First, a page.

You might think moving from Los Angeles to Atlanta would be bad news for an aspiring actress. Adetinpo Thomas ’15 MA would tell you otherwise.
“The industry is really booming in Atlanta because studios get tax credits,” says Thomas. “A lot of the Marvel things are shot here. ‘Walking Dead’ is here. ‘Watchmen’ is here. The terrain is really interesting in Georgia. You have everything from mountains to rural communities to cities. Things are written and pitched and cast out in L.A., and then they come in and do local casting for day players here.”
Thomas auditioned multiple times to be a day player before booking a recurring role on the hit CW network show “Black Lightning,” which tells the story of the Pierces, a black family headed by high school principal Jefferson Pierce (Cress Williams). Some family members have superpowers. Thomas plays Jamillah Olsen, crusading reporter and love interest of Jefferson’s daughter Anissa (Nafessa Williams). Less is made of Anissa’s gender preference than of how, if you date a person with superpowers and say something that makes them angry, they might throw a bus at you.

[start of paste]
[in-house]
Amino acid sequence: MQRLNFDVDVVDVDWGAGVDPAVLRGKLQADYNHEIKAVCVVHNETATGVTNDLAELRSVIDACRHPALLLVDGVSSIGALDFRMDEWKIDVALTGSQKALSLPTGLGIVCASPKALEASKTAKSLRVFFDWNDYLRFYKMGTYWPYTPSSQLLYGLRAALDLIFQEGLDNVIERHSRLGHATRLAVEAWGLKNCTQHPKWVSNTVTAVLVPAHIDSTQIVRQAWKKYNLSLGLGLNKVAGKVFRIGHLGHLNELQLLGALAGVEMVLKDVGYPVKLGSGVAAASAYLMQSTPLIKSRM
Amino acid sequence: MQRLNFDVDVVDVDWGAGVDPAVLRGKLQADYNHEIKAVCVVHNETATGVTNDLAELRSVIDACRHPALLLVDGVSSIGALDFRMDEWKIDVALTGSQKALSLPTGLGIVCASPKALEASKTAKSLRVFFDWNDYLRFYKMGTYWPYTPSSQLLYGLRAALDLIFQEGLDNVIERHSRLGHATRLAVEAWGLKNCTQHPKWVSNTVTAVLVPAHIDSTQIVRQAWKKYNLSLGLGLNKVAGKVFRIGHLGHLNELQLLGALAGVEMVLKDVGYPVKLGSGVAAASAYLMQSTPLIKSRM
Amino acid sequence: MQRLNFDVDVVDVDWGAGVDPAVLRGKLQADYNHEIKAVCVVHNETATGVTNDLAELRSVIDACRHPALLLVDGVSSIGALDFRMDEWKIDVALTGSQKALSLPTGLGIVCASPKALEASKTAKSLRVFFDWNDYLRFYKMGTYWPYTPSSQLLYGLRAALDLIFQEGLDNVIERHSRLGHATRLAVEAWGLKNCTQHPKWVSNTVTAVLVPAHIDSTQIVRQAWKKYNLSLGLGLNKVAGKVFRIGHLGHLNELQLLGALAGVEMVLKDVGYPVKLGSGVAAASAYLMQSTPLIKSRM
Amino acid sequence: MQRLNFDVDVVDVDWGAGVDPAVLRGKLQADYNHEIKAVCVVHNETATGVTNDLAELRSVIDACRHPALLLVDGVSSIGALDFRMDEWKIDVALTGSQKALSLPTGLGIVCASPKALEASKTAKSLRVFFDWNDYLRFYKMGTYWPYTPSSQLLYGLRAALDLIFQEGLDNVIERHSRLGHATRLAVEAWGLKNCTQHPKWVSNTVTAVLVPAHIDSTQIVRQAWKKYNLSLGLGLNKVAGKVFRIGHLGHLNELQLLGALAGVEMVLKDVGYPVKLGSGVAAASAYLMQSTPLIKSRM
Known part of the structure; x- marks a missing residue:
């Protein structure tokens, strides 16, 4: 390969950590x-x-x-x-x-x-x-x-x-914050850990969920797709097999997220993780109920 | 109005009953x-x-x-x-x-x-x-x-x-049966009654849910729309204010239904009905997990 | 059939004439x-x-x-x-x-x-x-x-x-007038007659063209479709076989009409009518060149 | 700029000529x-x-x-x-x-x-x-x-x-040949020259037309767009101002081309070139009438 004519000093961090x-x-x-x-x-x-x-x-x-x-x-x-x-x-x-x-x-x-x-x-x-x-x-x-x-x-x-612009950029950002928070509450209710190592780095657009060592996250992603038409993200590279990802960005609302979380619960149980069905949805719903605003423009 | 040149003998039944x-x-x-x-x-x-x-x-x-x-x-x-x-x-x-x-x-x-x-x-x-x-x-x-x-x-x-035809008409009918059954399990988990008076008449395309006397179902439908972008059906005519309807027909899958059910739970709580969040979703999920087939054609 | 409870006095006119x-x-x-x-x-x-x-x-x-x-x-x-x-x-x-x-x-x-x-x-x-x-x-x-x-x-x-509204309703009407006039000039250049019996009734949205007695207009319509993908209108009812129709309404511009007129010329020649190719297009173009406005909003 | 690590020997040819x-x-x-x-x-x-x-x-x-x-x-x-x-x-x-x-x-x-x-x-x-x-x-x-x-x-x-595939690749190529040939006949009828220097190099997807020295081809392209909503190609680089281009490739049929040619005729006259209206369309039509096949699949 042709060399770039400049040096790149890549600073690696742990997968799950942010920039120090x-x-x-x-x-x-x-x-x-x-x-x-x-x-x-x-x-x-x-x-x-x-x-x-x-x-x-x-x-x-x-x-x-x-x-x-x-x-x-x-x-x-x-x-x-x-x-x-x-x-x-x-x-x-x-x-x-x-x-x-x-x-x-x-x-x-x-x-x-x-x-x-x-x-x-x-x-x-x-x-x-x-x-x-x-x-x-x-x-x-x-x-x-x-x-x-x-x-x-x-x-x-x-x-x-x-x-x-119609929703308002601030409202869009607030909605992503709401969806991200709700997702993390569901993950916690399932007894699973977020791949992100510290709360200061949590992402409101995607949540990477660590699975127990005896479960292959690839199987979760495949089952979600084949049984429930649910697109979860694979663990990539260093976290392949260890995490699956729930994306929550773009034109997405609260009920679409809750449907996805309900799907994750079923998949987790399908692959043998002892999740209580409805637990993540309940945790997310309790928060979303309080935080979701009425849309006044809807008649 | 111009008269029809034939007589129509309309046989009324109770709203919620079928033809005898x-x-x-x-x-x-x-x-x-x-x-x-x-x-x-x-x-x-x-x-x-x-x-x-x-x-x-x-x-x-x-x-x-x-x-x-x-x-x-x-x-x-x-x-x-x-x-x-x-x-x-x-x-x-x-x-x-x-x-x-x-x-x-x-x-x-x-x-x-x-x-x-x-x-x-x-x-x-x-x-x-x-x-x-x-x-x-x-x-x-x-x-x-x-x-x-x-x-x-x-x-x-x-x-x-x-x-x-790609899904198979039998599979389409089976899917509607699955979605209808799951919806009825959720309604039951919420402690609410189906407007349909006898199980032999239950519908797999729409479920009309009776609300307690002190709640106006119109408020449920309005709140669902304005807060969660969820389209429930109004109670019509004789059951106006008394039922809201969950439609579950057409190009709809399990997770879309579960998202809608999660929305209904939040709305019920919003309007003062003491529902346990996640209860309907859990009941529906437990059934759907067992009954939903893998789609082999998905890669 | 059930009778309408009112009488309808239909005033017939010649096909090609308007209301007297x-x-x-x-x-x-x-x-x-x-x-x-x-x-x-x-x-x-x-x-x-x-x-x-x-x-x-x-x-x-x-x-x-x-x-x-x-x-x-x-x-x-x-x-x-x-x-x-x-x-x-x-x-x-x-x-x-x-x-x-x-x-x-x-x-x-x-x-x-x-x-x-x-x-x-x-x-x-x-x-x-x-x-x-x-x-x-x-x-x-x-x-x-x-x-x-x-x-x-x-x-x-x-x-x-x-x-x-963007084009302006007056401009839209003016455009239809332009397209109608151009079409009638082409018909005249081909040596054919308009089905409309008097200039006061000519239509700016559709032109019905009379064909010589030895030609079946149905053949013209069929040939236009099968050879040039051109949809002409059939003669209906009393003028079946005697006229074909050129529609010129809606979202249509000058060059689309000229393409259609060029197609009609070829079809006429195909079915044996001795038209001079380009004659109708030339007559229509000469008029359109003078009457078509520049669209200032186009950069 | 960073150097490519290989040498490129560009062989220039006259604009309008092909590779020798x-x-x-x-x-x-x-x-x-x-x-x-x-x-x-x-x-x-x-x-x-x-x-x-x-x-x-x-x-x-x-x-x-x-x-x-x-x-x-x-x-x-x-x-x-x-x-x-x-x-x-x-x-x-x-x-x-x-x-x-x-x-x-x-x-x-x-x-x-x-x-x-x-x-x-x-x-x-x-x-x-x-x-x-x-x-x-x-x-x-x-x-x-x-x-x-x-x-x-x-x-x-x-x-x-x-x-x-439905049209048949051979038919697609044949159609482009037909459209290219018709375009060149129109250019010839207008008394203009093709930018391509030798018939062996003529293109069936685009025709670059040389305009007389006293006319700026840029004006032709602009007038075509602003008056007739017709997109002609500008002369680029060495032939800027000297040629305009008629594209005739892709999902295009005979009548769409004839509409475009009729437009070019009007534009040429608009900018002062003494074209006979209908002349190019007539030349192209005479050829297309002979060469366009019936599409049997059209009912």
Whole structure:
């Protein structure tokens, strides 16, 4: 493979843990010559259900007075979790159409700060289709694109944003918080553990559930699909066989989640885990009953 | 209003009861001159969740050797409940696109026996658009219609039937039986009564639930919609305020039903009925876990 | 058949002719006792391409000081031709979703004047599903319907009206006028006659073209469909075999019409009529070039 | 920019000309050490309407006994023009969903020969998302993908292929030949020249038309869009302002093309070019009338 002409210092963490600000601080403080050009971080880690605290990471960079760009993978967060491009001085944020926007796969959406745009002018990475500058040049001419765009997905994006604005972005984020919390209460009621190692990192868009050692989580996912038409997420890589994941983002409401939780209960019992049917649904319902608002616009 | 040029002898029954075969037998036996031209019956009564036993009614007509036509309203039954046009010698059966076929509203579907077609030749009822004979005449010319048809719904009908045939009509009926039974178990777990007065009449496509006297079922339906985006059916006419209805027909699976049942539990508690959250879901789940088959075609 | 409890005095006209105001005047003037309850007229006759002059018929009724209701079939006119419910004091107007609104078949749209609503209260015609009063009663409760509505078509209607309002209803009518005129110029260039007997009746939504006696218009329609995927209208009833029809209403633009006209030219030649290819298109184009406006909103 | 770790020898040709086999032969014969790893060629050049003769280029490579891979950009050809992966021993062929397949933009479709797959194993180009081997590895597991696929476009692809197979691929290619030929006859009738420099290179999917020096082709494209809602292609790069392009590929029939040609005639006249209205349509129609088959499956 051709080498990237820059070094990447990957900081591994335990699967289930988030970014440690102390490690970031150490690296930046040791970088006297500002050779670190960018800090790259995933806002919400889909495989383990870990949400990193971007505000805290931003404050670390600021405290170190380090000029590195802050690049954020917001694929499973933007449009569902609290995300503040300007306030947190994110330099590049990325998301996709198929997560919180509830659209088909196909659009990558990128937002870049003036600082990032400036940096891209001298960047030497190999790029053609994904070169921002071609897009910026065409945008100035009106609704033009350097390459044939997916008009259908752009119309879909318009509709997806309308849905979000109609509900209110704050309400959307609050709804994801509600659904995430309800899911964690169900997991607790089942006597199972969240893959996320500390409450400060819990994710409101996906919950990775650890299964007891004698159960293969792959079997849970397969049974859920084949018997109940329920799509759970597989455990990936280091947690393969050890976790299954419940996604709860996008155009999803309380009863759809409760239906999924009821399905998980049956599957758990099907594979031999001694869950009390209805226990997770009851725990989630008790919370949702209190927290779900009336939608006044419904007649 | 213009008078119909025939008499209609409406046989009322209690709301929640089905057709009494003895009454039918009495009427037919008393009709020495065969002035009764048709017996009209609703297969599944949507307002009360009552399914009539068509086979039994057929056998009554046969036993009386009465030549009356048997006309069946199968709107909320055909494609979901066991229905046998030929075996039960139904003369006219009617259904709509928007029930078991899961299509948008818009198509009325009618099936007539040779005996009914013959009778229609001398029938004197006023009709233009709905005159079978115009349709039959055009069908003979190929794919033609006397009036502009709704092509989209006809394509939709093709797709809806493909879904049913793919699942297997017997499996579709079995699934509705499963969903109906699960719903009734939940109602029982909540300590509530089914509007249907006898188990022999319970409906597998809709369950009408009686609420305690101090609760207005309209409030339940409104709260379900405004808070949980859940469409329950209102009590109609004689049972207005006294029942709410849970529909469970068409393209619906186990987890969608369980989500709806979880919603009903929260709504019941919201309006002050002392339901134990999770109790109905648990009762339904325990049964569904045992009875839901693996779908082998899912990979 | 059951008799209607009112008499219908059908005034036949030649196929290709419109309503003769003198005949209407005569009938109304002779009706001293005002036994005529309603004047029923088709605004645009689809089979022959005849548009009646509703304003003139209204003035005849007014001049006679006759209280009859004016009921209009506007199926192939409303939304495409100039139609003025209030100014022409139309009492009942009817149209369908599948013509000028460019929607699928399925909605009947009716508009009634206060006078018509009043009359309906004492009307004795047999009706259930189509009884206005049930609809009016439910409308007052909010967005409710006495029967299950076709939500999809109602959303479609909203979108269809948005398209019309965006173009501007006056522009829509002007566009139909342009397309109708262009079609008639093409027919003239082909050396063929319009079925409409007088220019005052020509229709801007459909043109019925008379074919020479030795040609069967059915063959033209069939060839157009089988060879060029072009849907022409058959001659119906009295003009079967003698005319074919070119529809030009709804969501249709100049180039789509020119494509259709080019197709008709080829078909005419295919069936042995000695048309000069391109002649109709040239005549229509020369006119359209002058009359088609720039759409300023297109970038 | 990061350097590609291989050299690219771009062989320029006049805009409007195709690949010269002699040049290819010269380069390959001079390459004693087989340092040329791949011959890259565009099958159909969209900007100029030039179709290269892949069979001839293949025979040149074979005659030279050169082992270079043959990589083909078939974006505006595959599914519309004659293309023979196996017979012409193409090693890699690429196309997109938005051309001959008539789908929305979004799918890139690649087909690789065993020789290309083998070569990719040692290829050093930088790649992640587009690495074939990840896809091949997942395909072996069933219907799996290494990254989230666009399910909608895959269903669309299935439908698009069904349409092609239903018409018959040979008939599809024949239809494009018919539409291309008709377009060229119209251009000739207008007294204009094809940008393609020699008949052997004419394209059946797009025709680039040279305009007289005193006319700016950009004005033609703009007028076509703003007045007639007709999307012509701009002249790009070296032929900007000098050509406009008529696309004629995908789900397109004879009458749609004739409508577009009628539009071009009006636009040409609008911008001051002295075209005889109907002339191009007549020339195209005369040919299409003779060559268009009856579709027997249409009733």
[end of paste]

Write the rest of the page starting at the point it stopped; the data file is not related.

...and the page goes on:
“Representation matters,” Thomas says. “On ‘Black Lightning,’ you see this family that is fighting for justice together, in a way that is cathartic. Obviously, in this current climate, there are a lot of people in America who aren’t getting justice. Anissa is a black female superhero who’s a lesbian. In this show, people are just people, and making a character’s entire personality revolve around their sexuality is not something we do. We don’t do it to straight people, so why would we do it to people who identify on the LGBTQ spectrum? Anissa just so happens to date women, but that’s not the only thing that’s interesting about her. In a way, that representation is groundbreaking.”
The characters on “Black Lightning” draw strength not just from superpowers but from family. In a touching scene at the end of season two, Jefferson Pierce, who can shoot lightning bolts from his fingertips, breaks down and cries because he’s so happy to know his family is safe. Superheroes who cry are rare.
Thomas’s parents immigrated to Los Angeles from Nigeria and moved to Atlanta when Thomas was in high school. She credits her family with keeping her from that “struggling actor eating tuna out of a can” predicament. “If I said, ‘Hey Mom, can I have some dinner?’ she’s going to say, ‘Hey, you could move back.’
“Having my family supportive and on board with everything I’m doing has been huge. Acting can be so variable, and this is probably the first time in my life where I am a full-time actor, and that’s what it says on my taxes. That’s my source of income.”
By Peter Nelson